Sports DirectSports retail tycoon and Newcastle United owner Mike Ashley has raised £100 million after selling a 4% stake in his company.

The share placing caught the market by surprise, leaving FTSE 250 Index-listed Sports Direct International as much as 7% lower and sparking speculation over his plans for the cash haul.


It comes amid mounting rumours over Mr Ashley's drive to expand his retail empire, with the entrepreneur said to be interested in the House of Fraser department store and collapsed fashion chain Republic.

Recently hailed a "high street hero" after the group reported a 21% leap in sales over the Christmas quarter, the disposal of 25 million shares will still leave Mr Ashley with a stake of about 64%, down from around 68%.

But the discounted price of £4 has raised eyebrows, while there are fears Mr Ashley was calling the top of the share price after a recent rally that has seen the stock jump 46% over the past year. Sports Direct's brands also include Firetrap, Dunlop, Slazenger, Everlast, Lonsdale and Karrimor.

Independent retail analyst Nick Bubb said he believed Mr Ashley's share sale was made in response to requests to free-up stock to investors. He said: "I think he's doing it to improve liquidity in the stock - he doesn't need the money and if he was intending to bid for retail assets, he would do that through Sports Direct."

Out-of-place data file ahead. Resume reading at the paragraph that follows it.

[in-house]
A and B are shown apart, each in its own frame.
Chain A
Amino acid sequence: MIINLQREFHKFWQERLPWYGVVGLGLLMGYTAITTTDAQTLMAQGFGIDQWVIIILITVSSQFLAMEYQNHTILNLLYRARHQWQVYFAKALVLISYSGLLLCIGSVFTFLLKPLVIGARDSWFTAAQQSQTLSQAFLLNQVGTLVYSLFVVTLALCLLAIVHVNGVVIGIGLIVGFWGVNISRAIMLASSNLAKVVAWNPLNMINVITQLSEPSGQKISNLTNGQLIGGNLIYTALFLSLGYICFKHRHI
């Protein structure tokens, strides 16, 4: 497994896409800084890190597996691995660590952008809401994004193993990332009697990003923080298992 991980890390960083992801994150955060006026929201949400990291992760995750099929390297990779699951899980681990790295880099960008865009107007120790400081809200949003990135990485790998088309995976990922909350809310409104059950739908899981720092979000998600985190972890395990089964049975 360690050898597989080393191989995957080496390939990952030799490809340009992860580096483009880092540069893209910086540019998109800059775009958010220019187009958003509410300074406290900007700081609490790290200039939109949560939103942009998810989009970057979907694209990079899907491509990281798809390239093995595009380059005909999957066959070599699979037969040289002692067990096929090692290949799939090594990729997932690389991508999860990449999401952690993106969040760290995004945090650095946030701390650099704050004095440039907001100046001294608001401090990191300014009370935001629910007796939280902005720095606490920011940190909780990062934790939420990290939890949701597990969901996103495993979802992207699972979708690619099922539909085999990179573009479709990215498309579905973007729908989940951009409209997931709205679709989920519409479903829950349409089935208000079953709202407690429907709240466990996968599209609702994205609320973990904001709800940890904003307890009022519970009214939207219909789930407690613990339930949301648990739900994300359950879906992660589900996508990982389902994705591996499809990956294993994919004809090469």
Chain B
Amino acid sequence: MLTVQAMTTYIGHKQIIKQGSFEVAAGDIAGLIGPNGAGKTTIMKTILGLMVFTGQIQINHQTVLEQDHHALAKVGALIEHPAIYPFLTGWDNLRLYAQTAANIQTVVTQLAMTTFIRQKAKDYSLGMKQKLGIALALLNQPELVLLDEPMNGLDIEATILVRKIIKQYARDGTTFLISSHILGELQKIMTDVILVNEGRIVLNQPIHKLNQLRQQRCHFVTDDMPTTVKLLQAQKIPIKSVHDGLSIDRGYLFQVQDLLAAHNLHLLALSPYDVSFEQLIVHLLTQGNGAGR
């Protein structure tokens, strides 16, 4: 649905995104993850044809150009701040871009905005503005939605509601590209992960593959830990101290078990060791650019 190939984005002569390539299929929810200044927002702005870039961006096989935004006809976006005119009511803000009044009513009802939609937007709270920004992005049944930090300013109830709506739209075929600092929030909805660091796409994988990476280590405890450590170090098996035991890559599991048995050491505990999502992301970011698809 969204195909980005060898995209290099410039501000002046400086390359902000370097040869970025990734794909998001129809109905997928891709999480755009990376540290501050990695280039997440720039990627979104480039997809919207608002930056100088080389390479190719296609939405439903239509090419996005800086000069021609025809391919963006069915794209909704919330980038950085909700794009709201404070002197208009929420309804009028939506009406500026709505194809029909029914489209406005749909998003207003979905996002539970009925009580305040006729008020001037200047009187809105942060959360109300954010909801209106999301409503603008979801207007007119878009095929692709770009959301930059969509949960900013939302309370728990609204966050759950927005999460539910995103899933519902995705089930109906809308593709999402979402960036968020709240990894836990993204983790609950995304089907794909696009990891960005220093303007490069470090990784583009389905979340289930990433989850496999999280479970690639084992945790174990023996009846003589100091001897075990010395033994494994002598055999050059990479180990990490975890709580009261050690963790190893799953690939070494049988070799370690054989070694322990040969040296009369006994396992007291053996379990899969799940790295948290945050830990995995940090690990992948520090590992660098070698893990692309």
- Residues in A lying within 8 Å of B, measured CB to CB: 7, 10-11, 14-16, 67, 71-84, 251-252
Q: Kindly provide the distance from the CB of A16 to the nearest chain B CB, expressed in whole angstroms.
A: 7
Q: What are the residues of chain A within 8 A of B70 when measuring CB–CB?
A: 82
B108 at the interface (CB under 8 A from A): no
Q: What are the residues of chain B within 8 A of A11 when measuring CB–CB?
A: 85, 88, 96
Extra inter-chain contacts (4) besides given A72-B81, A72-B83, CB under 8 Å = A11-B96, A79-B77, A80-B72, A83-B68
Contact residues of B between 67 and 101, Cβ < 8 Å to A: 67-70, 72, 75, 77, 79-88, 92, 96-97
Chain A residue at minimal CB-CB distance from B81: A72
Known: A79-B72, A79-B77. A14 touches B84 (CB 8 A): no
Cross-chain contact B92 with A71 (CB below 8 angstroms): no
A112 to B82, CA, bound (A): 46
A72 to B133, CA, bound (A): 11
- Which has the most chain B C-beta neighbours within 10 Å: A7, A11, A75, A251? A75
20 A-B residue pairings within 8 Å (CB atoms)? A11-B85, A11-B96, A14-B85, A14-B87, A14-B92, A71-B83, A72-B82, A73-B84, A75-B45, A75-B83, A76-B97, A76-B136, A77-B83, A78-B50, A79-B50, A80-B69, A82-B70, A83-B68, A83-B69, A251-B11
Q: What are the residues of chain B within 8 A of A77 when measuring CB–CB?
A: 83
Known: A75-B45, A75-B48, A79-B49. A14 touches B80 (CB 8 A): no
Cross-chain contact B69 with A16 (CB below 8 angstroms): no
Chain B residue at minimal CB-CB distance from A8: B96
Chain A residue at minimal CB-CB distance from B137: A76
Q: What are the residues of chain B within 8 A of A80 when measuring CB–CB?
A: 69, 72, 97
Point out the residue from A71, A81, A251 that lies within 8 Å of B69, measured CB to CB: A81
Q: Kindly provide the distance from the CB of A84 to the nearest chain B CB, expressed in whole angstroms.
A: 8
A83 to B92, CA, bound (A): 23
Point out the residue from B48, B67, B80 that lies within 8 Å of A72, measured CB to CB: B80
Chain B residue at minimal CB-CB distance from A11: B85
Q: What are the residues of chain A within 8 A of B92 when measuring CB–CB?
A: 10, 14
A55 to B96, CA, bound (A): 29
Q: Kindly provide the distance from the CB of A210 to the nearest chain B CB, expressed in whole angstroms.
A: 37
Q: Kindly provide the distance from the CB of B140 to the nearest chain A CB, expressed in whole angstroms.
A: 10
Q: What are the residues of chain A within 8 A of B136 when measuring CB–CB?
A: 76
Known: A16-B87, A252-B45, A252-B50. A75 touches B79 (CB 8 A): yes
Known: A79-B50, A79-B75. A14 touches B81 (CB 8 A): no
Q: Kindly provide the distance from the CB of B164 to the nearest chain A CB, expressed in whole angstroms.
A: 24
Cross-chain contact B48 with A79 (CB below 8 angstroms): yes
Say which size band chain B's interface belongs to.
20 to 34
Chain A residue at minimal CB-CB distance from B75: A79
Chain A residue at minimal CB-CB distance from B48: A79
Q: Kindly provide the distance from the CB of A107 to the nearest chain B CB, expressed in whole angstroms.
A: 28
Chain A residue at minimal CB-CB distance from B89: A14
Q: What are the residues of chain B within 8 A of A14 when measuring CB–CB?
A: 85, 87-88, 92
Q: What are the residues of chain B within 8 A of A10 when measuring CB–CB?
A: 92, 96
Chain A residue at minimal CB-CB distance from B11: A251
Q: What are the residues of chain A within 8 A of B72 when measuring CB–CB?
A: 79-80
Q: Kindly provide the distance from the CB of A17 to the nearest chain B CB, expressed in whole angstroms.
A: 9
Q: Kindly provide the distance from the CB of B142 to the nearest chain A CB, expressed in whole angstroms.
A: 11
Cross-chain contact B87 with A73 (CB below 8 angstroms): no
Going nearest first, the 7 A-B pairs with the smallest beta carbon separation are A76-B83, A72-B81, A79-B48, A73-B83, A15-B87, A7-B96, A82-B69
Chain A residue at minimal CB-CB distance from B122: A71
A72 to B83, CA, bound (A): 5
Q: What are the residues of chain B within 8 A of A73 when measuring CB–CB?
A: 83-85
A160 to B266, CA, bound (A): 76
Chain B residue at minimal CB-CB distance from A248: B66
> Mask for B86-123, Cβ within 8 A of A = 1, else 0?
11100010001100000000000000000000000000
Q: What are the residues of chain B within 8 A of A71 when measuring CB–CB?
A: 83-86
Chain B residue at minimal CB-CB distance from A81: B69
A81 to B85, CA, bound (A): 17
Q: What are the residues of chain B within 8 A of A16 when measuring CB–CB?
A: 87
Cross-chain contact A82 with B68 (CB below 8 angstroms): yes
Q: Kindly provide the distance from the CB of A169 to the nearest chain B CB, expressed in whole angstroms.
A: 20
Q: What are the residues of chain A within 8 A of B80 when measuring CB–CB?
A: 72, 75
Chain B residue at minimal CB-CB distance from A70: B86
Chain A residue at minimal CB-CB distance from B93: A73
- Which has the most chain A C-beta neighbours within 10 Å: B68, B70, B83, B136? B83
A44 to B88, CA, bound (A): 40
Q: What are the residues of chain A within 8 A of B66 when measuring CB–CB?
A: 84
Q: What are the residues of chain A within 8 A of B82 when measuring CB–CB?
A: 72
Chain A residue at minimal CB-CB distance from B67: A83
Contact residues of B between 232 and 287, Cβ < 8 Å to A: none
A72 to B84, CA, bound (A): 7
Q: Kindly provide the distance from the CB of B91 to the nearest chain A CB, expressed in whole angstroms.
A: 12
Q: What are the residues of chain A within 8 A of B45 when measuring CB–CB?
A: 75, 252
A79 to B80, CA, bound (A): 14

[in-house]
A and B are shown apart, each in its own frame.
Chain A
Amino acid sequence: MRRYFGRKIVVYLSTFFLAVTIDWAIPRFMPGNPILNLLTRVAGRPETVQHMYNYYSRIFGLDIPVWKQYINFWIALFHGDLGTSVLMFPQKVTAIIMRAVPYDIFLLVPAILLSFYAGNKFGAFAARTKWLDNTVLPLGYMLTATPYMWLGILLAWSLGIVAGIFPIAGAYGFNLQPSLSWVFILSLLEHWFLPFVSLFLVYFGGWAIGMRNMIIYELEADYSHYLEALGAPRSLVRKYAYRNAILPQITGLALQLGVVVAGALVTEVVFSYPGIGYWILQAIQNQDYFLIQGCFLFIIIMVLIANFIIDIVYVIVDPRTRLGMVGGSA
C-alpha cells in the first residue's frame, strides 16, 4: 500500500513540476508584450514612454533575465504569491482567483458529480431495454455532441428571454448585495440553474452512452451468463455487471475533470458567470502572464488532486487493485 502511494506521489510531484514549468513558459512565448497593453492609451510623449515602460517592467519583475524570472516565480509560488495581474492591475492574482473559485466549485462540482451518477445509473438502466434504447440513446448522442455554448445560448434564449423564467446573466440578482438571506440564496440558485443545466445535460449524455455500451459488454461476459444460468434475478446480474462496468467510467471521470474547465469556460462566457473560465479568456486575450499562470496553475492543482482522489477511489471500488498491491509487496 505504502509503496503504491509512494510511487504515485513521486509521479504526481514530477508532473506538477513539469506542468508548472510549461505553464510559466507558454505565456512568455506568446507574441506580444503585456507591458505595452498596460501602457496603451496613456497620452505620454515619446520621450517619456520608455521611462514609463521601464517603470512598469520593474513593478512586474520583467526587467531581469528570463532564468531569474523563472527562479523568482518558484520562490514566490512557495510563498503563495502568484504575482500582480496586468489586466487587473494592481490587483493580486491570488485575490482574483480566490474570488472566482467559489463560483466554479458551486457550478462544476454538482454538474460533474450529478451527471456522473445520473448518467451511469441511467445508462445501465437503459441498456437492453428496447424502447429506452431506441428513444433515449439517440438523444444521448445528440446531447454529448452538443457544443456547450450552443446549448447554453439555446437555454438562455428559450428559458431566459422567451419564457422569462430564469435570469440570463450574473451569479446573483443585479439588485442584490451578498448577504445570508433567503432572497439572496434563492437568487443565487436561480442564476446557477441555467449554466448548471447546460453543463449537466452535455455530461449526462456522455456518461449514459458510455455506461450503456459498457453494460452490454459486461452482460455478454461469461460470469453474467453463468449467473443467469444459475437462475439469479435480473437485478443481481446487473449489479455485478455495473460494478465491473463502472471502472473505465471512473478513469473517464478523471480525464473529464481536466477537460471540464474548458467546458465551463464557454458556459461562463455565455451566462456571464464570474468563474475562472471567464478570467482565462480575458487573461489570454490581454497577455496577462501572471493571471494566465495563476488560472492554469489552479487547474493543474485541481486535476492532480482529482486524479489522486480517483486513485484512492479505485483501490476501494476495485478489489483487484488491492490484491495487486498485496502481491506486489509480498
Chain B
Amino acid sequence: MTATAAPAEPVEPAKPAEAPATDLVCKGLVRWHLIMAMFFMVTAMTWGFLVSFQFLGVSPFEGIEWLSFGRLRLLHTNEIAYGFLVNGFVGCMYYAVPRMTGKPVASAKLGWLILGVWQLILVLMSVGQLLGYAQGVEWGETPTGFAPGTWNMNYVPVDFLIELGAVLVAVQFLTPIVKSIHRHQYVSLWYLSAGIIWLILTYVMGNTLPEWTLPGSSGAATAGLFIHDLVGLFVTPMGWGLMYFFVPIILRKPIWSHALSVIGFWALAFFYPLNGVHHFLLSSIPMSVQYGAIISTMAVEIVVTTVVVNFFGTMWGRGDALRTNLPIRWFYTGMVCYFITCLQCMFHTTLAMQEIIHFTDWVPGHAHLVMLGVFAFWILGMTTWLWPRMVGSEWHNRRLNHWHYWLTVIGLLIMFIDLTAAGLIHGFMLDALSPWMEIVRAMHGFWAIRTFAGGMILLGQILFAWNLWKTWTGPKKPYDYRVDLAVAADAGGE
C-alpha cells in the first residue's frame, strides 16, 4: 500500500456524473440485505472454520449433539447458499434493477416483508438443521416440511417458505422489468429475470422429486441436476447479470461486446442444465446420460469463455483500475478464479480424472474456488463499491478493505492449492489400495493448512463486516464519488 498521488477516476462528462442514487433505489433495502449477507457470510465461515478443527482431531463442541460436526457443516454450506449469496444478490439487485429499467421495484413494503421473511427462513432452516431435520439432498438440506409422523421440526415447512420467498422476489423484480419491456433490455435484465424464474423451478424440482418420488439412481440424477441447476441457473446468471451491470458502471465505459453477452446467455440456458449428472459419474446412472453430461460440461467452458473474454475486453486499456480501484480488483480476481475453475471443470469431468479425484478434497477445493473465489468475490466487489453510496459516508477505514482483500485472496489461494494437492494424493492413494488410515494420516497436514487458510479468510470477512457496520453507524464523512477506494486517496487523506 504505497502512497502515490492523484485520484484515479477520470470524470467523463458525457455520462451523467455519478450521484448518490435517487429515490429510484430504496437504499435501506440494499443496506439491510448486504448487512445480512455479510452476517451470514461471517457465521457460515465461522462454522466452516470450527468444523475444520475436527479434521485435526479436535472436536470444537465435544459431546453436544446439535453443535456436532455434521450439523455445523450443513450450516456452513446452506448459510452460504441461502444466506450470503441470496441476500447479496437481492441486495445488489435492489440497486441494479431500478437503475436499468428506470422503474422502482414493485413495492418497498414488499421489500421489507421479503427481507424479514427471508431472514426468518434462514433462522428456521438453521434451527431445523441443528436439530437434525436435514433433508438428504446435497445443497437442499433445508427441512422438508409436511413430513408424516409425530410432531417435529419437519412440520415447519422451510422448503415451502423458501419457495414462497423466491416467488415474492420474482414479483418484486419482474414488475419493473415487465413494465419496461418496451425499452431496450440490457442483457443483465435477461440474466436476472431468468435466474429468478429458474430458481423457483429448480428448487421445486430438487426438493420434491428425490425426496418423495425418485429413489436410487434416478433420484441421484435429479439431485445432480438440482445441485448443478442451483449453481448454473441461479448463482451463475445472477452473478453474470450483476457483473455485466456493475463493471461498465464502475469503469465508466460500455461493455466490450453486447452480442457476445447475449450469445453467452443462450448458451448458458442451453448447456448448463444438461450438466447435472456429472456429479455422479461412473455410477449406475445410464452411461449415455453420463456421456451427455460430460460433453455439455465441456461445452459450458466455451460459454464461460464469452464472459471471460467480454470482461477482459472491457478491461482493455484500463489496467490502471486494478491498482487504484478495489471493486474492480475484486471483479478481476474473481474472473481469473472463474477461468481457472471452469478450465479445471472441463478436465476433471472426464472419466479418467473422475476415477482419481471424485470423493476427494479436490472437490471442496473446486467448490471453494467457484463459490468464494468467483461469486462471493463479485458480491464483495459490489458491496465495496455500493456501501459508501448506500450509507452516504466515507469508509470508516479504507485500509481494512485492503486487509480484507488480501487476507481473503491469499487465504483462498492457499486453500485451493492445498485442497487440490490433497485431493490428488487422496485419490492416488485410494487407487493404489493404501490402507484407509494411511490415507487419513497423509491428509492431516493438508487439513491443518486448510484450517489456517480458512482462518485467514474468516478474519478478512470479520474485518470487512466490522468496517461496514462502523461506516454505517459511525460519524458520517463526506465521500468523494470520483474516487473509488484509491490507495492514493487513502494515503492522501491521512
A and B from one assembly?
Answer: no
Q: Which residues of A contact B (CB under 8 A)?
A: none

The move may also fuel hopes among Newcastle United fans that Mr Ashley is planning to bolster the squad with more new players in the summer, having recently secured five new signings.

He caused ill-feeling in the stock market after Sports Direct shares plunged following its flotation in February 2007, which saw him sell a 43% stake for more than £900 million. Having listed at 300p, the shares fell as low as 33p after a string of profit warnings. Mr Ashley has since gained the confidence of the City, with last week's sales update confirming the group's grip on the sports retail market.

The company said it was "certain" to meet its earnings target for the year to April of £270 million, which is the latest benchmark on a staff bonus scheme that recently delivered a £15,000 shares windfall to 1,750 workers.

But Sports Direct's plans to resurrect a bonus scheme for Mr Ashley are causing some contention, given that it could trigger a multi-million pound payout for him. A previous scheme which would have delivered a £26 million windfall was rejected in a shareholder vote last summer. Sports Direct is now reviewing feedback and will suggest another scheme to incentivise Mr Ashley, who has not taken a salary since the 2007 stock market debut.